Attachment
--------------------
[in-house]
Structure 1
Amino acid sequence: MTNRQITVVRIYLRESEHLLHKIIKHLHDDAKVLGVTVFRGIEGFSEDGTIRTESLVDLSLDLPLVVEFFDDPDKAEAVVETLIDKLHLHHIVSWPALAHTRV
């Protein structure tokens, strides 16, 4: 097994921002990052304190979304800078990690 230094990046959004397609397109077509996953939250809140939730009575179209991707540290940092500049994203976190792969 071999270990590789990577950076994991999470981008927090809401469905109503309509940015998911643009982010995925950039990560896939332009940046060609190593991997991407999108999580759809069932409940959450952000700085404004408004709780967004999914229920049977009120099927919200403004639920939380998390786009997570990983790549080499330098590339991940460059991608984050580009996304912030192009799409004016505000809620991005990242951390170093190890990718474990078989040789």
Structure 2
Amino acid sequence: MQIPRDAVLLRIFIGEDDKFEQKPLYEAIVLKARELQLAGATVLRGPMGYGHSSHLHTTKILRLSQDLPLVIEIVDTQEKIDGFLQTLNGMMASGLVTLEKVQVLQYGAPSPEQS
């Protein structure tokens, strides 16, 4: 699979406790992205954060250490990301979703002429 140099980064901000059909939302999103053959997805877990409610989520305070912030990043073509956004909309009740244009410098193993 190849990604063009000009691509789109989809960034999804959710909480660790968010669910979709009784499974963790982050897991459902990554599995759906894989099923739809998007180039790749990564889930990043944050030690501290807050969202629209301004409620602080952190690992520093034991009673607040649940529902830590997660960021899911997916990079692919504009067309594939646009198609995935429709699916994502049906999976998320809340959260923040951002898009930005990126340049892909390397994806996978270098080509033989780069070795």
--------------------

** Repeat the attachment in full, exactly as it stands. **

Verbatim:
[in-house]
Structure 1
Amino acid sequence: MTNRQITVVRIYLRESEHLLHKIIKHLHDDAKVLGVTVFRGIEGFSEDGTIRTESLVDLSLDLPLVVEFFDDPDKAEAVVETLIDKLHLHHIVSWPALAHTRV
């Protein structure tokens, strides 16, 4: 097994921002990052304190979304800078990690 230094990046959004397609397109077509996953939250809140939730009575179209991707540290940092500049994203976190792969 071999270990590789990577950076994991999470981008927090809401469905109503309509940015998911643009982010995925950039990560896939332009940046060609190593991997991407999108999580759809069932409940959450952000700085404004408004709780967004999914229920049977009120099927919200403004639920939380998390786009997570990983790549080499330098590339991940460059991608984050580009996304912030192009799409004016505000809620991005990242951390170093190890990718474990078989040789």
Structure 2
Amino acid sequence: MQIPRDAVLLRIFIGEDDKFEQKPLYEAIVLKARELQLAGATVLRGPMGYGHSSHLHTTKILRLSQDLPLVIEIVDTQEKIDGFLQTLNGMMASGLVTLEKVQVLQYGAPSPEQS
């Protein structure tokens, strides 16, 4: 699979406790992205954060250490990301979703002429 140099980064901000059909939302999103053959997805877990409610989520305070912030990043073509956004909309009740244009410098193993 190849990604063009000009691509789109989809960034999804959710909480660790968010669910979709009784499974963790982050897991459902990554599995759906894989099923739809998007180039790749990564889930990043944050030690501290807050969202629209301004409620602080952190690992520093034991009673607040649940529902830590997660960021899911997916990079692919504009067309594939646009198609995935429709699916994502049906999976998320809340959260923040951002898009930005990126340049892909390397994806996978270098080509033989780069070795």